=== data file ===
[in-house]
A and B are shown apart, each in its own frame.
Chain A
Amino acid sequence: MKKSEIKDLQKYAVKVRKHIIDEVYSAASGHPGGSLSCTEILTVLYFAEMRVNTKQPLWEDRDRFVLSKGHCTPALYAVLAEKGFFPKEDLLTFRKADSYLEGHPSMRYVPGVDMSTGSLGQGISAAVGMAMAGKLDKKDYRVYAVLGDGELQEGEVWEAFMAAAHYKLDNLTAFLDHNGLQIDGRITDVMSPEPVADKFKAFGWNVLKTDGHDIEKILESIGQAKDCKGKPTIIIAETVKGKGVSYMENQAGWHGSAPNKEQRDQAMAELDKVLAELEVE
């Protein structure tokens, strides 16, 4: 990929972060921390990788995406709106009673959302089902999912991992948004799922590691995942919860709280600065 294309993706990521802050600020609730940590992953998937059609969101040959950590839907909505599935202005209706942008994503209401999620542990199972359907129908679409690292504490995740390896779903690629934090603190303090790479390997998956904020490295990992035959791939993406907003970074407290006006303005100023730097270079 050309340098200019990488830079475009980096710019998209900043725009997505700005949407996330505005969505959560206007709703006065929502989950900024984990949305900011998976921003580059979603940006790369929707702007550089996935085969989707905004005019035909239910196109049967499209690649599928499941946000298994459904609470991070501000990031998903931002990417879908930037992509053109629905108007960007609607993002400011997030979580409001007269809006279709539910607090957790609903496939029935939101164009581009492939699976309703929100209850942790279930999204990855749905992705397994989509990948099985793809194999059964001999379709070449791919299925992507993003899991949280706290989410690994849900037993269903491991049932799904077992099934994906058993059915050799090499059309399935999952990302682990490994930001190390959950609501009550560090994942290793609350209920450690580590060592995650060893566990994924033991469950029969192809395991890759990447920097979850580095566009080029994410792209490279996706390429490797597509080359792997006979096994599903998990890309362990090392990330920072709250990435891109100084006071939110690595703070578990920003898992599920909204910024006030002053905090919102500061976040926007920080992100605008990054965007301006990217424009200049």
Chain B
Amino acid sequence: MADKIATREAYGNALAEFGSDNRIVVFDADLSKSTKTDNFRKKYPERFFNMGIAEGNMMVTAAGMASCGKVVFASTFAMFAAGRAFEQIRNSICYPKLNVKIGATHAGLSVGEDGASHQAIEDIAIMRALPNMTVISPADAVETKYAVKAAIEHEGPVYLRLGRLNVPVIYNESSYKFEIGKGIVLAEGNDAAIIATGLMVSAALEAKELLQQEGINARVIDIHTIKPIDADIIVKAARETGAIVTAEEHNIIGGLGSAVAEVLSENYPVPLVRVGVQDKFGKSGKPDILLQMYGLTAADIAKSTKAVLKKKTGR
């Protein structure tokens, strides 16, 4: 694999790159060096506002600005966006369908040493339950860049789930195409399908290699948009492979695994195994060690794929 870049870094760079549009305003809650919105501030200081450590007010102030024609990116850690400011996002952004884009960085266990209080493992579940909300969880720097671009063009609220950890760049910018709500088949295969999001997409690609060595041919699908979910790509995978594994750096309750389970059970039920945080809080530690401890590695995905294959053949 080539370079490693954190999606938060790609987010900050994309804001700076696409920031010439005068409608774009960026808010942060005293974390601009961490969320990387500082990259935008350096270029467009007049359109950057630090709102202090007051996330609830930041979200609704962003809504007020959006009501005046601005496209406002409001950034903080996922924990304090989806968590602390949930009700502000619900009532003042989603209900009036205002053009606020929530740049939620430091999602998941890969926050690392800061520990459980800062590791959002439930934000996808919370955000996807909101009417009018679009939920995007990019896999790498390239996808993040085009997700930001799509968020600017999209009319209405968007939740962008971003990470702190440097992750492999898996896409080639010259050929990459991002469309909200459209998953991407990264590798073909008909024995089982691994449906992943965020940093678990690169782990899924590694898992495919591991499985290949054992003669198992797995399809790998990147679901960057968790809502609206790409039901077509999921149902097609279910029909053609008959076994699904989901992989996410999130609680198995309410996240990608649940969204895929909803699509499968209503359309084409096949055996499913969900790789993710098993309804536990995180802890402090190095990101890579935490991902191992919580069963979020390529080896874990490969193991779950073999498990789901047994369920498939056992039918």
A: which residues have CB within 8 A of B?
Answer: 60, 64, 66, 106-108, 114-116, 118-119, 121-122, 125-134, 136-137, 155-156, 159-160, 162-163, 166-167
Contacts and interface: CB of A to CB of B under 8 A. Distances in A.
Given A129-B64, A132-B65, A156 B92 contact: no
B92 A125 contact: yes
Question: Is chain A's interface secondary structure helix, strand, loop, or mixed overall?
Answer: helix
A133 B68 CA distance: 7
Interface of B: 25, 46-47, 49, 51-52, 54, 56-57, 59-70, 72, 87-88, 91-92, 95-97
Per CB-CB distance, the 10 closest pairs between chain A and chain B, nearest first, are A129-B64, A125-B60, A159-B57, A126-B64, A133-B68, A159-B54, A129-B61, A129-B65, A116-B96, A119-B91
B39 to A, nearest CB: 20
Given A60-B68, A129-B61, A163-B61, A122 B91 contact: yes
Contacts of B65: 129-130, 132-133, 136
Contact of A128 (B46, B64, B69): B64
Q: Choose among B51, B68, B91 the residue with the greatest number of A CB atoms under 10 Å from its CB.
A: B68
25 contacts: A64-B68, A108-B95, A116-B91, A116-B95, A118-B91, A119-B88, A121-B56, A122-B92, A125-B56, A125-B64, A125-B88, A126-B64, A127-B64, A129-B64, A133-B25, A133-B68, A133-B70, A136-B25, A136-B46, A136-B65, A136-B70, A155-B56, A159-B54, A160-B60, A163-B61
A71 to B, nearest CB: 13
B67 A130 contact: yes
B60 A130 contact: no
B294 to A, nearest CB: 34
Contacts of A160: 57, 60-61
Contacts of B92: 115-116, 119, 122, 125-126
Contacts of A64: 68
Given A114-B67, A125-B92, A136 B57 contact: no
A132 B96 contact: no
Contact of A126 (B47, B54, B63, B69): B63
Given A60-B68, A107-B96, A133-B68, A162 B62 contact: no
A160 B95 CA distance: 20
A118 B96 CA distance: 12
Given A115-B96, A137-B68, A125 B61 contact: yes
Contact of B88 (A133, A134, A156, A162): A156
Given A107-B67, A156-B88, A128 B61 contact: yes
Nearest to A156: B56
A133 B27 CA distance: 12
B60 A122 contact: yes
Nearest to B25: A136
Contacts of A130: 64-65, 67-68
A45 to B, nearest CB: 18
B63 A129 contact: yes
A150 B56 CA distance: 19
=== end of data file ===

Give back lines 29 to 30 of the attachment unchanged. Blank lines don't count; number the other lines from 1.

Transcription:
B294 to A, nearest CB: 34
Contacts of A160: 57, 60-61